Reconstruction of the 1374 Rhine river flood event using a 1D-2D hydraulic modelling approach

Hieu Quang Ngo*, Anouk Bomers, Dionysius C.M. Augustijn, Roshanka Ranasinghe, Tatiana Filatova, Suzanne J.M.H. Hulscher

*Corresponding author for this work

Research output: Contribution to conferenceAbstractAcademic


Reconstruction of the most severe historic flood events contributes to a better quantification of design discharges corresponding to large return periods. This has a great significance in constructing flood defences to
protect the hinterland from future flooding. However, the reconstructed peak discharge values corresponding
to these historic flood events often have a large uncertainty related to the accuracy of the historic topography
and hydraulic river and floodplain roughness. The 1374 flood event is considered the largest flood of the last
millennium in the Rhine river. This study sets up a 1D-2D coupled hydraulic model for a study area stretching from Andernach to Haus Burgel (Germany) to reconstruct the maximum discharge of the 1374 flood event.
The historic topography of the main river and floodplains corresponding to the year 1374 was extracted from
a high-resolution Paleo-DEM reconstructed for the Lower Rhine catchment for 800 AD (van der Meulen et al.,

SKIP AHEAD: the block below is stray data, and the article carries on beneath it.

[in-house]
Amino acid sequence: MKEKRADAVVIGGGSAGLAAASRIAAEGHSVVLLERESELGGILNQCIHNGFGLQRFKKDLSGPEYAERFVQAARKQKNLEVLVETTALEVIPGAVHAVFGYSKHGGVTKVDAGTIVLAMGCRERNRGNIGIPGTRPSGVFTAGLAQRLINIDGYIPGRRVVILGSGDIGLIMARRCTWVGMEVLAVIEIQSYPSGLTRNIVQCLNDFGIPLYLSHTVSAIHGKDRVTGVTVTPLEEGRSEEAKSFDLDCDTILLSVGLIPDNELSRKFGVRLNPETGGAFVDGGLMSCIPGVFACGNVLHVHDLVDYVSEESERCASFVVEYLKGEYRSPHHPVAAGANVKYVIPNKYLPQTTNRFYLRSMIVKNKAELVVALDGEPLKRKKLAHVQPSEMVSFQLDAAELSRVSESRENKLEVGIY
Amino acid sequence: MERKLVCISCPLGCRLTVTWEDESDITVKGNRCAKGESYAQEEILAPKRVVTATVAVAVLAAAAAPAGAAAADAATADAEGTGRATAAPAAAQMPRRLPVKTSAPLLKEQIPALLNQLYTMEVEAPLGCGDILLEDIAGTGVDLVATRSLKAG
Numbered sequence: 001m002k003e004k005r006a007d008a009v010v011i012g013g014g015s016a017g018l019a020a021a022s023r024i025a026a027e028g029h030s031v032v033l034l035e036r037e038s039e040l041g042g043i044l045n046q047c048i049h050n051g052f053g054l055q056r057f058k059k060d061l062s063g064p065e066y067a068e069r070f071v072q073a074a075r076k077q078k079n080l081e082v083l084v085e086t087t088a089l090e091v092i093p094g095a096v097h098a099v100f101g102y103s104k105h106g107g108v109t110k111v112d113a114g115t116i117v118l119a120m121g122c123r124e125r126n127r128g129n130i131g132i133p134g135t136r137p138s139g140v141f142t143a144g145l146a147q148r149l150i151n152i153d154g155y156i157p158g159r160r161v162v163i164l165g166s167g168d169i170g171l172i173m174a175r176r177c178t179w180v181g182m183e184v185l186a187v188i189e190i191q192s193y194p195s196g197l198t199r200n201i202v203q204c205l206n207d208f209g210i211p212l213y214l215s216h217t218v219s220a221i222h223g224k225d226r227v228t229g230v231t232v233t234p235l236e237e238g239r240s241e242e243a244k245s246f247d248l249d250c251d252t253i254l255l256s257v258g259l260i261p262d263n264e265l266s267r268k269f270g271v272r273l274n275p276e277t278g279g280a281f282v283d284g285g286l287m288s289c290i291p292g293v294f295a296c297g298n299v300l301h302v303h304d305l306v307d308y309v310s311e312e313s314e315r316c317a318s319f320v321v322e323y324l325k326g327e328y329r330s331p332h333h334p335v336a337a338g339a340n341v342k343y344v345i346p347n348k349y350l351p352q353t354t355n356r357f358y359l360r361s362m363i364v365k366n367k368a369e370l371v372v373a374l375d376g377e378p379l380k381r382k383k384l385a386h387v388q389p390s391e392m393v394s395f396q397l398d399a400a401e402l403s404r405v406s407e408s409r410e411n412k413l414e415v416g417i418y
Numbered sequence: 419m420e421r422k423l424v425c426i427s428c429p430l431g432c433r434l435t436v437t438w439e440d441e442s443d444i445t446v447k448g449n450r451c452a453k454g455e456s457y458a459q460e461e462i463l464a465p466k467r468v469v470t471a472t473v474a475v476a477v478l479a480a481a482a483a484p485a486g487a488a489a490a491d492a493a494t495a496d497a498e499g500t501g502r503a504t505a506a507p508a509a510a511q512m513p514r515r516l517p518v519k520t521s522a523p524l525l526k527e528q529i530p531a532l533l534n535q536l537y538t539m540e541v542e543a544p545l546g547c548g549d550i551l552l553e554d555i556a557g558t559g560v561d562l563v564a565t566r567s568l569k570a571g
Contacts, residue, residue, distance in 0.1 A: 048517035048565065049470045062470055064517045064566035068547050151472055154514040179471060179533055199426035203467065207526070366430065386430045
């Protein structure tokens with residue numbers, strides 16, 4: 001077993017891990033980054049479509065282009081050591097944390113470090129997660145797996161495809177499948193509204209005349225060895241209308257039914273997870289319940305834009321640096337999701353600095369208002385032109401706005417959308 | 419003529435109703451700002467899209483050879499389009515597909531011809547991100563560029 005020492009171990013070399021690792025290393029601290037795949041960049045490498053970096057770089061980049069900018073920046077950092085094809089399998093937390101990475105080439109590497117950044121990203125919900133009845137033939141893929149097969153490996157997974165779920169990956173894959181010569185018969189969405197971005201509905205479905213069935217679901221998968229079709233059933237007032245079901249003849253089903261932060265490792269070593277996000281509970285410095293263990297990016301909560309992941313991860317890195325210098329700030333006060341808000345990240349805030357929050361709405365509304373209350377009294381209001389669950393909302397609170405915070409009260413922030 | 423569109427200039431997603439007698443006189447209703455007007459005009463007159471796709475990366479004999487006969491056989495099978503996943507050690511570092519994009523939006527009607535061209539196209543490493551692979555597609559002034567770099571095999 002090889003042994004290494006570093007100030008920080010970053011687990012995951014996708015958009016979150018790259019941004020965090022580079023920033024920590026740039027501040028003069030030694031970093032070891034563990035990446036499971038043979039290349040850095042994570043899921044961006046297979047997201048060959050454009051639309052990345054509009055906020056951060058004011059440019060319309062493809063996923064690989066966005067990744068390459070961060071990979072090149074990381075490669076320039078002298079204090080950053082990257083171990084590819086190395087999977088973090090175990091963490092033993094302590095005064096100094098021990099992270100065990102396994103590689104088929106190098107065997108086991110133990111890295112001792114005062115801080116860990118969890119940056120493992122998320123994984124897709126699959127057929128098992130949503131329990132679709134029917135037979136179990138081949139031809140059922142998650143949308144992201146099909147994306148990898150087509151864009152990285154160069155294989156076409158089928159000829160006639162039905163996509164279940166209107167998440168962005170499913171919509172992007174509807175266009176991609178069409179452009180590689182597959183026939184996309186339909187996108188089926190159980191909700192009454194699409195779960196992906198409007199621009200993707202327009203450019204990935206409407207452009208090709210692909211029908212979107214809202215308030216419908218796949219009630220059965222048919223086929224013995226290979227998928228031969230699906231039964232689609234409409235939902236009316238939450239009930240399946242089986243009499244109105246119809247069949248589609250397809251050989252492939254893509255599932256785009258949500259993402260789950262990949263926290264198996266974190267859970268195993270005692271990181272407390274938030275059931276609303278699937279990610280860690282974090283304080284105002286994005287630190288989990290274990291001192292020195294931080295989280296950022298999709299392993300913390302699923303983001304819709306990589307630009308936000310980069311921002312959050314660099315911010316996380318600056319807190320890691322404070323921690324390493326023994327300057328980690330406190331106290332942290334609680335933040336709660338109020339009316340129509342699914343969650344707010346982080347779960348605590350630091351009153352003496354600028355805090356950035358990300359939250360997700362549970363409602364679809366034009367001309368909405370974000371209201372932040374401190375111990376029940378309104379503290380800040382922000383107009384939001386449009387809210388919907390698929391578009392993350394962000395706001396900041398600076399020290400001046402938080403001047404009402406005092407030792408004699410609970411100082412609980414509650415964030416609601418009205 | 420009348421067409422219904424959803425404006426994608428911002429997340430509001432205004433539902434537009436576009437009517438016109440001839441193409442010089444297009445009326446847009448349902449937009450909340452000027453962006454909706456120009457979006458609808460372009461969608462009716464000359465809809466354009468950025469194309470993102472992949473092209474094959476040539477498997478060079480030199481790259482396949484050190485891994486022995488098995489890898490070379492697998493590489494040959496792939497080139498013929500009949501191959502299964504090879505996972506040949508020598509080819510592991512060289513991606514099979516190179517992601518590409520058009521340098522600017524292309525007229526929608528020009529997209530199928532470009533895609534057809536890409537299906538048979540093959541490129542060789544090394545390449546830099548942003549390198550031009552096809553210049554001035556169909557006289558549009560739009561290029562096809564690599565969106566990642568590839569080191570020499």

2020). The hydraulic roughness for land cover classes corresponding to the Paleo situation for 800 AD was also
used as the input data for this model. We performed an uncertainty analysis with different river bed levels
and roughness values to estimate the influence of these uncertainties on the reconstructed peak discharge. The
upstream discharge wave was also varied. The simulated flood water levels were compared with the 1374 flood
marks. Based on this comparison, the discharge magnitude was determined to be between 12,800-21,400 m3
with a best estimate between 14,000-18,300 m3
/s. These best estimate values were used in a flood frequency
analysis to determine the design discharges corresponding to different return periods (Bomers et al., 2019). A
significant reduction of 2000 m3
/s in the design discharge was found corresponding to a 100,000 year return
Original languageEnglish
Number of pages1
Publication statusPublished - 10 Aug 2021
Event8th International Conference on Flood Management 2021: Lowering Risk by Increasing Resilience - Virtual Event, Iowa City, United States
Duration: 9 Aug 202111 Aug 2021
Conference number: 8


Conference8th International Conference on Flood Management 2021
Abbreviated titleICFM8
Country/TerritoryUnited States
CityIowa City


  • historic flood event
  • flood mark
  • hydraulic model


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